The Magic of Revisionism
by Jan Baughman

Disneyland, the Magic Kingdom, a haven of fantasies and adventures, has slid down that slippery slope to join the ranks of political correctness and enter the world of revisionist history. Their park's faux-pas was found in one of the more popular rides, the Pirates of the Caribbean, a mostly tranquil and occasionally thrilling boat journey through sultry waters, through the life and times of the bandits of the seas.

Pirates, by definition, weren't politically correct; they were lecherous and crass nomads pilfering their way to fortune. Today, pirates would not make the list of family-oriented, PC topics of amusements parks. But in the idealistic early days of Disneyland, when men were men and women were hunted objects, pirates were merely dangerous romantics.

Alleged complaints arose in response to a vignette in which pirates chased voraciously after full-figured wenches (with one laughable and excessively full-figured wench chasing a pirate). Disneyland is closing down this ride for repairs so that workers can place food in the arms of the damsels, thus transferring the object of desire to a more chaste and palatable entity. Actually, a more appropriate diversion would be a jug of rum, but since liquor is prohibited at Disneyland, this would definitely be politically incorrect.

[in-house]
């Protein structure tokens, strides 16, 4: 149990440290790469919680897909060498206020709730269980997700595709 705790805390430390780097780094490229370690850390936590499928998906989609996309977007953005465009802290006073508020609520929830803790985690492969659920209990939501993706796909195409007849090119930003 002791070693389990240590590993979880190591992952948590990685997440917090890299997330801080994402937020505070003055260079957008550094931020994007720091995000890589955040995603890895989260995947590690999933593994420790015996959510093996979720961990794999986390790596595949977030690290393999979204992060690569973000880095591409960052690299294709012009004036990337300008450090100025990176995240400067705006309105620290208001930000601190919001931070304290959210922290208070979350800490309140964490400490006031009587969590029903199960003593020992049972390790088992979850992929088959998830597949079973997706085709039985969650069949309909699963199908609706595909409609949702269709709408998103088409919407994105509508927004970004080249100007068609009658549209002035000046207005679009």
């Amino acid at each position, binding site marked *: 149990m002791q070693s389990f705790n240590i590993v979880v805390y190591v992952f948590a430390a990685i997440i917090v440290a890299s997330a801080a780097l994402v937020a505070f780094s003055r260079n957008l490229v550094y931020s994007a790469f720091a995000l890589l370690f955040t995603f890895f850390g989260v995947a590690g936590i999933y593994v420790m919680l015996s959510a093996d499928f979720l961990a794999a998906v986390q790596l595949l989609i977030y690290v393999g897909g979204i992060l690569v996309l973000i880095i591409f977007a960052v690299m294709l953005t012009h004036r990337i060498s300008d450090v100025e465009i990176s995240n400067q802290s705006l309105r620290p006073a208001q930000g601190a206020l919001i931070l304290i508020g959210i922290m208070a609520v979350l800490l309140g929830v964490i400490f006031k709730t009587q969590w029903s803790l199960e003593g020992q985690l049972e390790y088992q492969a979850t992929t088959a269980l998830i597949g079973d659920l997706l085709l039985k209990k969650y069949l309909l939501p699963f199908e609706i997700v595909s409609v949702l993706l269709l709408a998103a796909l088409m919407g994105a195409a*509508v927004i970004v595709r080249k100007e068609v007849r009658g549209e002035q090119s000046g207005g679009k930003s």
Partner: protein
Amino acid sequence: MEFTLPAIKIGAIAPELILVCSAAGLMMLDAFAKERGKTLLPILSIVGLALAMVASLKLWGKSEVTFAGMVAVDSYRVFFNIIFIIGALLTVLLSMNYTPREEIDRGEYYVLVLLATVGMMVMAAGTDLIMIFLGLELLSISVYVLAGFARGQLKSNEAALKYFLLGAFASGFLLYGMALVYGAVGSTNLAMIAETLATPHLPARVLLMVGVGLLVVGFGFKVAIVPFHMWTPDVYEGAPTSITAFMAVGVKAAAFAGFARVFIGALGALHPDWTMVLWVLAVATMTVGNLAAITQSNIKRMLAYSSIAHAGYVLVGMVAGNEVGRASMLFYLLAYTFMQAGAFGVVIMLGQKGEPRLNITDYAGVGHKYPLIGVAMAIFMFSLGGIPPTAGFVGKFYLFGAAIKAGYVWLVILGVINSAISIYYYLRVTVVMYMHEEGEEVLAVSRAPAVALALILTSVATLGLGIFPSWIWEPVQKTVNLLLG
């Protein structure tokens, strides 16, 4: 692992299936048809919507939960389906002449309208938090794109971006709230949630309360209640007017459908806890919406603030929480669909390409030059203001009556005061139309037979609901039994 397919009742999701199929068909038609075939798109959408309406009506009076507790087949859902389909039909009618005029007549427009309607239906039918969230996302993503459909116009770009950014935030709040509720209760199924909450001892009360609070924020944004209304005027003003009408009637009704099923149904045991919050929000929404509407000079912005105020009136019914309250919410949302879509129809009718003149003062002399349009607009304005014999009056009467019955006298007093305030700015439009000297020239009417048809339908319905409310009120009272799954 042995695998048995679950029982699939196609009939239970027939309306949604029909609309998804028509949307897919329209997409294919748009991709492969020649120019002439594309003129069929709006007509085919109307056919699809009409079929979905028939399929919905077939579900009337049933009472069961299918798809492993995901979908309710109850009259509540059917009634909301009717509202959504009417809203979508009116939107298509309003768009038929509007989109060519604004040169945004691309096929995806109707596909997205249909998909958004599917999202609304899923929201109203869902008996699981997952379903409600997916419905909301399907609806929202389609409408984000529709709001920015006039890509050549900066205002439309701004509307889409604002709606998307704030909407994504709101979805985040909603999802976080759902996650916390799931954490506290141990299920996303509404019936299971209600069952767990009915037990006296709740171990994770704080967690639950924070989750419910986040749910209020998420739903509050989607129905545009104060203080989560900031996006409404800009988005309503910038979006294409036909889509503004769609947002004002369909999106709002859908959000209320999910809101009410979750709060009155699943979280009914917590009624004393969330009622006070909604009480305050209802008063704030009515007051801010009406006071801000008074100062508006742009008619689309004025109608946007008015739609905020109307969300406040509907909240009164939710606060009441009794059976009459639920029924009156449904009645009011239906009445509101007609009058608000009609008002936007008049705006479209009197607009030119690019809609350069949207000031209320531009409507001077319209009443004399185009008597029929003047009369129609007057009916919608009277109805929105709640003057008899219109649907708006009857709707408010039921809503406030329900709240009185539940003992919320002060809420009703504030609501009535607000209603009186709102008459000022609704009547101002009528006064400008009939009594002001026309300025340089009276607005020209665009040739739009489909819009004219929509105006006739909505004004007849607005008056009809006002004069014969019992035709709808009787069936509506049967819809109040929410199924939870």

In continuing this line of reasoning, Disney should recreate most of its movie characters. Sleeping Beauty and Pocahontas with their 36-22-34 inch qualifications; Snow White and the Seven Intellectually and Vertically-Challenged costars; Dumbo, an unfortunate mammal with unsuitable large appendages that made him a victim of discrimination.

Now that Disney owns ABC, they can start to work on many of the classics with a purge-and-replace campaign of political correctness. Take the scotch and cigars away from Bogie, take out all references to the Holocaust from the World War II films, and take those damn chimney sweeps out of Mary Poppins. Any occupation that causes testicular cancer is definitely NOT politically correct. Yes, Disney certainly has the balls to change history.

Published January 09, 1997
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